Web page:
As you have probably guessed from the title, it was a bank holiday in Argentina yesterday, but because it fell on a Sunday, they moved it to today. Lucky devils!
This being the case, I wanted to celebrate it by posting another recipe typical from my country.
This time it is alfajores. And yes, I absolutely love my alfajores de maicena (the recipe for which I will be posting later, sometime) but, this time I decided to go for something else.
But I have a confession to make.
These alfajores look way, way better than they tasted.
You see, that’s the problem with being adventurous. Sometimes… it’s not quite right.
I have loads of reliable recipes for alfajores but, daring as I am, I wanted to try something new… and different. And while they were not that bad, I thought they were a bit bland. But there you go. If you decide to try them (it is probably one of the few recipes by Blanca Cotta that did not turn out spectacularly well) let me know whether you agree with me… or perhaps not?
Mini-alfajorcitos from Viva magazine by Blanca Cotta
4 egg yolks
1 tbsp. butter, soft
flour, as needed
dulce de leche, as needed
prune jam, as needed
1 cup icing sugar
hot water, as needed
Place 1 cup flour on the worktop.
Make a well in the centre.
Place the yolks and the soft butter in the centre of the well.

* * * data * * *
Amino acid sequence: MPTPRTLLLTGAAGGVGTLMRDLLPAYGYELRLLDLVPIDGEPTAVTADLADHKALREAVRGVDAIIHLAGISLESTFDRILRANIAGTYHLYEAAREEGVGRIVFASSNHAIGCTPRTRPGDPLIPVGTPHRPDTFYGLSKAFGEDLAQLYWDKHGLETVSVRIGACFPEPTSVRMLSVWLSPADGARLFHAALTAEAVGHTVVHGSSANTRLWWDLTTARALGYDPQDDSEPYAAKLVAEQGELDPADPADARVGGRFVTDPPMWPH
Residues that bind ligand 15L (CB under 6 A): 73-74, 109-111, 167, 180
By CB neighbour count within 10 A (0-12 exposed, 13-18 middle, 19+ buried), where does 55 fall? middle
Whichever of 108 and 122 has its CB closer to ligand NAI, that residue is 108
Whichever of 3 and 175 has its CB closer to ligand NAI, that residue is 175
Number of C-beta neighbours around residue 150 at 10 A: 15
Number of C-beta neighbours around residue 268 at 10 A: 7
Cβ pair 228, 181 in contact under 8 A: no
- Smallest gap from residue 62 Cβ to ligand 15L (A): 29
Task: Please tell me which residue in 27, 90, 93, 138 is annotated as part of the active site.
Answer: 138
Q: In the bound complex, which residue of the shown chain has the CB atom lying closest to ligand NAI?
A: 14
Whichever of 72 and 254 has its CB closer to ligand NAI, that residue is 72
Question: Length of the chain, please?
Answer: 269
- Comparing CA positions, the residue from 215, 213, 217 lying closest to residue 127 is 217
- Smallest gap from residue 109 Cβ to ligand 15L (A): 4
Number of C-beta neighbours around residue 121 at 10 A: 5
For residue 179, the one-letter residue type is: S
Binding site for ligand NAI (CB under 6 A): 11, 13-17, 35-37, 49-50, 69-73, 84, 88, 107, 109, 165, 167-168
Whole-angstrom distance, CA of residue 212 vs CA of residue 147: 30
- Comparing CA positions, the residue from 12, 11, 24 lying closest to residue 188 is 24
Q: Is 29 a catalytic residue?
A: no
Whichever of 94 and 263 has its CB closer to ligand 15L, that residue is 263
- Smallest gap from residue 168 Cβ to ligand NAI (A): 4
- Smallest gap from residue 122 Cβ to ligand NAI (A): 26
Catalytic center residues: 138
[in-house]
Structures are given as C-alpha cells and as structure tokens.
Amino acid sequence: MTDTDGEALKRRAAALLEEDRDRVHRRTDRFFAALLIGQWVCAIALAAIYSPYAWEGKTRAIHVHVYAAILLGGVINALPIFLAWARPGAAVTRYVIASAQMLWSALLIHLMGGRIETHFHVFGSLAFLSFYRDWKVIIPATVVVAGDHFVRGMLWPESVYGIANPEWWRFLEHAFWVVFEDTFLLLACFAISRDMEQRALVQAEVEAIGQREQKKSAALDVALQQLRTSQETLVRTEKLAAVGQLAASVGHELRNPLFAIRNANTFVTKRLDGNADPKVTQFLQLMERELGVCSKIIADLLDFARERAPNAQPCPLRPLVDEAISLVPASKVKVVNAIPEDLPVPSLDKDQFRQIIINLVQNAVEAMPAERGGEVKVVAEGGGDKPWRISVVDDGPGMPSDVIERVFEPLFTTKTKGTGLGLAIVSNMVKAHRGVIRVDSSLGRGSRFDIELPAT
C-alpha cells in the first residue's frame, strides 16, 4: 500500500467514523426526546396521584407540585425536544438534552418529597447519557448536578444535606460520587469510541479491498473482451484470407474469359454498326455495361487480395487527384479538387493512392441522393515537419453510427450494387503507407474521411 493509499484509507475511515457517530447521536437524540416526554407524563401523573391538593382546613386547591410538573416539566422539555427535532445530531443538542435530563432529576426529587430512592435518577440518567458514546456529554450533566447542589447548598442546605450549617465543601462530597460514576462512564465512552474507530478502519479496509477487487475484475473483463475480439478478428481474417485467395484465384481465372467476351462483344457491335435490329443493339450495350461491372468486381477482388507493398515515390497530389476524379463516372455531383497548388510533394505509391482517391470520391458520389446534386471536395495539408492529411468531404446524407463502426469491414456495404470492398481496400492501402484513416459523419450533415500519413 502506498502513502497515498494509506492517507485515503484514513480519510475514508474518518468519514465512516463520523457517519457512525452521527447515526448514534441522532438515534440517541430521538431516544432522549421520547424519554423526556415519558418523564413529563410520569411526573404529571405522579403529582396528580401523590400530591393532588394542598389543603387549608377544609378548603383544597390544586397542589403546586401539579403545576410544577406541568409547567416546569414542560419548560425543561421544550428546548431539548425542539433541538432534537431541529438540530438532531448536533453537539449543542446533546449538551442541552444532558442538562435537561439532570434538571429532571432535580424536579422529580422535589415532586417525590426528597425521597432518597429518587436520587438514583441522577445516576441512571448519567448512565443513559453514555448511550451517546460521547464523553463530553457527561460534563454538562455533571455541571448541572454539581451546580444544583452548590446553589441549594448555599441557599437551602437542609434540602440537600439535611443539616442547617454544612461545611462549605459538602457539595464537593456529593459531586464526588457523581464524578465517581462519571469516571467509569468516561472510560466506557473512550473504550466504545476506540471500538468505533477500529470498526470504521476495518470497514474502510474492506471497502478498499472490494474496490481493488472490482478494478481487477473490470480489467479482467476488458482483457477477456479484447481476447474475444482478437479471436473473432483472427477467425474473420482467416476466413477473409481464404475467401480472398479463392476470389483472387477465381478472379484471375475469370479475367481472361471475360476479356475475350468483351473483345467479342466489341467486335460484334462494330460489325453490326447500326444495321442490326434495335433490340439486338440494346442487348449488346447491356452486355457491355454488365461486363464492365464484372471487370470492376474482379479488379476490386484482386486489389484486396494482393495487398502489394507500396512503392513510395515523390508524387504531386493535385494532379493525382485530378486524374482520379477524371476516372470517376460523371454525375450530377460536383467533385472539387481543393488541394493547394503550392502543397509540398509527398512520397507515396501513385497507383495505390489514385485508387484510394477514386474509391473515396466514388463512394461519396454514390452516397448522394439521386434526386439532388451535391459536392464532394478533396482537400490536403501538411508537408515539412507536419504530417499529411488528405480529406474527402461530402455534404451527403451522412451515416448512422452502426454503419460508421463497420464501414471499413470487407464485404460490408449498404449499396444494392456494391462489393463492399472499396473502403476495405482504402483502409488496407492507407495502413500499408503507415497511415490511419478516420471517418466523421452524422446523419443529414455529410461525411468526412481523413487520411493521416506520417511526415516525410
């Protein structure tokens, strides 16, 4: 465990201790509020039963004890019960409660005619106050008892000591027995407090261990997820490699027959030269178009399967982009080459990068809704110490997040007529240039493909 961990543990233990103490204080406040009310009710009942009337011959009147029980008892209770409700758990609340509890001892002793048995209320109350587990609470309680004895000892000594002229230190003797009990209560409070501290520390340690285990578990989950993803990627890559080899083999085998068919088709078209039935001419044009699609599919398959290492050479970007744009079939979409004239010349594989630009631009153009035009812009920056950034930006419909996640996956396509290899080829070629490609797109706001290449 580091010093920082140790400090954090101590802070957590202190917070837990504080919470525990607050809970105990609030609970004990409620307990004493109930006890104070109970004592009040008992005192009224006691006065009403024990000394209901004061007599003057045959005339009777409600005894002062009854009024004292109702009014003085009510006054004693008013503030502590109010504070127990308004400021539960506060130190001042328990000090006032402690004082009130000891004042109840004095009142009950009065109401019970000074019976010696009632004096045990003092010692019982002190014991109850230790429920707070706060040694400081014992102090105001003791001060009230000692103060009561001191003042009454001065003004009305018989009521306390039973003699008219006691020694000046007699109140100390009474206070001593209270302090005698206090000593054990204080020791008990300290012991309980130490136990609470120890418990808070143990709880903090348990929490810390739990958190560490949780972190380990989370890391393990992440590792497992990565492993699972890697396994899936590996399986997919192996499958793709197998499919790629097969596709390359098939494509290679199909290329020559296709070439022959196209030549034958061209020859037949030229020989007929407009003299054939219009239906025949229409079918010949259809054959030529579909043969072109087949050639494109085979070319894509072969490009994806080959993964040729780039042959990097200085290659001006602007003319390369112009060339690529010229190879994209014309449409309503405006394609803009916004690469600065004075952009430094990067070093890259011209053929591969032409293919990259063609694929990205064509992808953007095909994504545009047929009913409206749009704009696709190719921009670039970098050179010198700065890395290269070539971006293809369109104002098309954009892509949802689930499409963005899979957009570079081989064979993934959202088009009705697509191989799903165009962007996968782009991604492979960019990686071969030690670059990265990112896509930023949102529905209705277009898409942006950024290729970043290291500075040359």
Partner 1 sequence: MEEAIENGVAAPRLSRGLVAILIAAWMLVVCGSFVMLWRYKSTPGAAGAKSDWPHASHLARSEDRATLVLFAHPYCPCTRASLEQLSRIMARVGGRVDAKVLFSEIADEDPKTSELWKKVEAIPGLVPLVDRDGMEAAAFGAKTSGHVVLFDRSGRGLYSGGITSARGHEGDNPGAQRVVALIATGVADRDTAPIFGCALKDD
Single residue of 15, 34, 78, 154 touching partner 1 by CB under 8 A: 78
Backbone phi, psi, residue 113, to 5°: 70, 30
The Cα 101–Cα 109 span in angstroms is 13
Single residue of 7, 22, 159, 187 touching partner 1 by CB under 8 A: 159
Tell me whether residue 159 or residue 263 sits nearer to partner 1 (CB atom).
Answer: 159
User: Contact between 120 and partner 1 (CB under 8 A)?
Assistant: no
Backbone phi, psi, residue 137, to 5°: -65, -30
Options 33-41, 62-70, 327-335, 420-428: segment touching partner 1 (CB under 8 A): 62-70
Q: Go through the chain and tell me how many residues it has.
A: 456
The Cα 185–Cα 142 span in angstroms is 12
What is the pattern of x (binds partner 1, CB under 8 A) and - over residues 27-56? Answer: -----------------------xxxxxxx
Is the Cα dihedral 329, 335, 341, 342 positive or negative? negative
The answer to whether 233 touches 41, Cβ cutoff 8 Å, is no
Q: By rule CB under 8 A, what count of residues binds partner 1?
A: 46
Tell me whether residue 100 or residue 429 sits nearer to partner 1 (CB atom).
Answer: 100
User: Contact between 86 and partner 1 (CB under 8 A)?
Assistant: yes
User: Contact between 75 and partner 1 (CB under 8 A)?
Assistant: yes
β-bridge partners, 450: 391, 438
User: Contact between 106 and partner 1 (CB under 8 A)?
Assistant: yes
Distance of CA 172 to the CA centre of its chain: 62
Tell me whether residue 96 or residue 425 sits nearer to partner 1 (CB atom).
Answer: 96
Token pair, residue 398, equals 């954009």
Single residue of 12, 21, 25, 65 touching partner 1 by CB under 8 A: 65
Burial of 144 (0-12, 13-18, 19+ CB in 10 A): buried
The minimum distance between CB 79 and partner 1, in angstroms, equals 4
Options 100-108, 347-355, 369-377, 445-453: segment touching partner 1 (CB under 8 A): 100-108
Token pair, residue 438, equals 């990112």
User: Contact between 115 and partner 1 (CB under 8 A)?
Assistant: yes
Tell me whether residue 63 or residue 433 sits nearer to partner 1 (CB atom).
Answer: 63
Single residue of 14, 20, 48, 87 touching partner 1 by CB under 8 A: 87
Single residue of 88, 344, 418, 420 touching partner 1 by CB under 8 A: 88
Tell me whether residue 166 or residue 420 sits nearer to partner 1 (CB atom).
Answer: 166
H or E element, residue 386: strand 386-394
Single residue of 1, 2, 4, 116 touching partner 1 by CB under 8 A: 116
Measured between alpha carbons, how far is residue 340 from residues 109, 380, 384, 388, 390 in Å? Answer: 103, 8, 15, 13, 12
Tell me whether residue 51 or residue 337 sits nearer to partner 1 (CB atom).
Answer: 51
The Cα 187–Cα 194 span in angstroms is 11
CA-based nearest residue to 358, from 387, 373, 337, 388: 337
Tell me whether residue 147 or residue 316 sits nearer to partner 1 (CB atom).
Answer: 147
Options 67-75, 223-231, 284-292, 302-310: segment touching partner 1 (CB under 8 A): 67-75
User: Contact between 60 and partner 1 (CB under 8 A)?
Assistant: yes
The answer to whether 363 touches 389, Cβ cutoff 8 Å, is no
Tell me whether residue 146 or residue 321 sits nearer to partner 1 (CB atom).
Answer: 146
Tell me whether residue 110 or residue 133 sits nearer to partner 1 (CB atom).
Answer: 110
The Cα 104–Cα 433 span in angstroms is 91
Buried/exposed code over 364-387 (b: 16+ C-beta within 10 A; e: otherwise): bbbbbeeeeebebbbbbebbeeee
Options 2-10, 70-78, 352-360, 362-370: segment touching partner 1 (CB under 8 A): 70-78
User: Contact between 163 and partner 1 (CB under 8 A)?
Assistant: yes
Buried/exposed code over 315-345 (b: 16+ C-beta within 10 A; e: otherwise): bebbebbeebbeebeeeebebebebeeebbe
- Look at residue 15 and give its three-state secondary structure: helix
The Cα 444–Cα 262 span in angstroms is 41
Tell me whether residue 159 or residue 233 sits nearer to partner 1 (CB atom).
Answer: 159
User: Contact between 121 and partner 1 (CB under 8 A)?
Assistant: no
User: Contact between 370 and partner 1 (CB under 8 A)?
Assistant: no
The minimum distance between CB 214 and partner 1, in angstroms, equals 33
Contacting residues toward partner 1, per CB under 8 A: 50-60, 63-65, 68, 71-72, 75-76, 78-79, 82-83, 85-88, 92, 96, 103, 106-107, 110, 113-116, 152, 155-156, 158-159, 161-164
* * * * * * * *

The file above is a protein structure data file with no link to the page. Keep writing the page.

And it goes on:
Bind the ingredients together until you have a dough which is not sticky.
Add a little more flour or a little more water, if necessary.
Work the dough on the worktop, which will be dusted with very little flour. Do this until the dough is soft and pliable.
Roll it out to a thickness of about 2 cm.
Take it off the worktop with a palette knife.
Cut it into little rounds (about 3 cm diameter more or less).
Join the leftover dough and cut out more rounds.
Place them on greased trays and make holes in the centre with a fork.
Bake them in a hot oven until dry and pale golden.
Take them out of the oven and leave them to cool really well.
Once assembled, cover them with a frosting made with the hot water and icing sugar.
Note: To make the dulce de leche more special, I added a dash of cognac and some chopped nuts (a treat!). For these type of alfajores we normally use what is called dulce de leche de repostería. If you can’t get it, just dissolve 1 tbsp. cornflour in some hot milk (just a little bit) and to the dulce de leche which you would have heated in a pan. When it cools down, the dulce de leche will be thicker and much harder to spill out, you get the idea.